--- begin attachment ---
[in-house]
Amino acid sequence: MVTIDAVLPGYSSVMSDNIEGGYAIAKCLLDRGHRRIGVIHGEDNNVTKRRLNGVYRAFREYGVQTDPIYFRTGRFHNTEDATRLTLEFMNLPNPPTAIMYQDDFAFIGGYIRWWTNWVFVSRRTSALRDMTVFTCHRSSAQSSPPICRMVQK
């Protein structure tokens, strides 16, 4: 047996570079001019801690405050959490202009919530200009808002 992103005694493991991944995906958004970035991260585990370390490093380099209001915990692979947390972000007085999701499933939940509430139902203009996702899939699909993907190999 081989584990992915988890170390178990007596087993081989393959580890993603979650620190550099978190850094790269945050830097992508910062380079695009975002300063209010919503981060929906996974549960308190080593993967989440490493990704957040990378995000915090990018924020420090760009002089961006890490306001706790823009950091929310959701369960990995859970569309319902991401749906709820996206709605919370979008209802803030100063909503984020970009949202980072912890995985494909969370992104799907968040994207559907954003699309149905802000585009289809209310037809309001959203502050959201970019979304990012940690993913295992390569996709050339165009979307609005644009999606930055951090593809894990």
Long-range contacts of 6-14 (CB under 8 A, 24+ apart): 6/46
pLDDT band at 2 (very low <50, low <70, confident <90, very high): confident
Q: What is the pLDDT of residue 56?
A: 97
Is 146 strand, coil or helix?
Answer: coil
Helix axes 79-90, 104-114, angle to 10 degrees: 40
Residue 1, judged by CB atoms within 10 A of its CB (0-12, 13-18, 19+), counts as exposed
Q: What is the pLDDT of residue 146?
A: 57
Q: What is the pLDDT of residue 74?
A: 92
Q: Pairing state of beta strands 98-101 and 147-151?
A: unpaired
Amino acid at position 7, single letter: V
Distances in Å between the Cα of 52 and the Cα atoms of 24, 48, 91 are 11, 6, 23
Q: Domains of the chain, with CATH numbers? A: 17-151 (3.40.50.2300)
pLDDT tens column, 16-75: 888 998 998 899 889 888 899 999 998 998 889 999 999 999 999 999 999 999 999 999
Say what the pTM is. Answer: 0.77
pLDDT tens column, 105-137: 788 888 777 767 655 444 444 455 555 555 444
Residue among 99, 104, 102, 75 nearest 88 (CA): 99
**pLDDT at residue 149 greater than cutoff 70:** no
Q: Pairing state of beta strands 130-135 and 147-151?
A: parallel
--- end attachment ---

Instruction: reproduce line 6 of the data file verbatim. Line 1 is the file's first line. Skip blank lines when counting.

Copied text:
Q: What is the pLDDT of residue 56?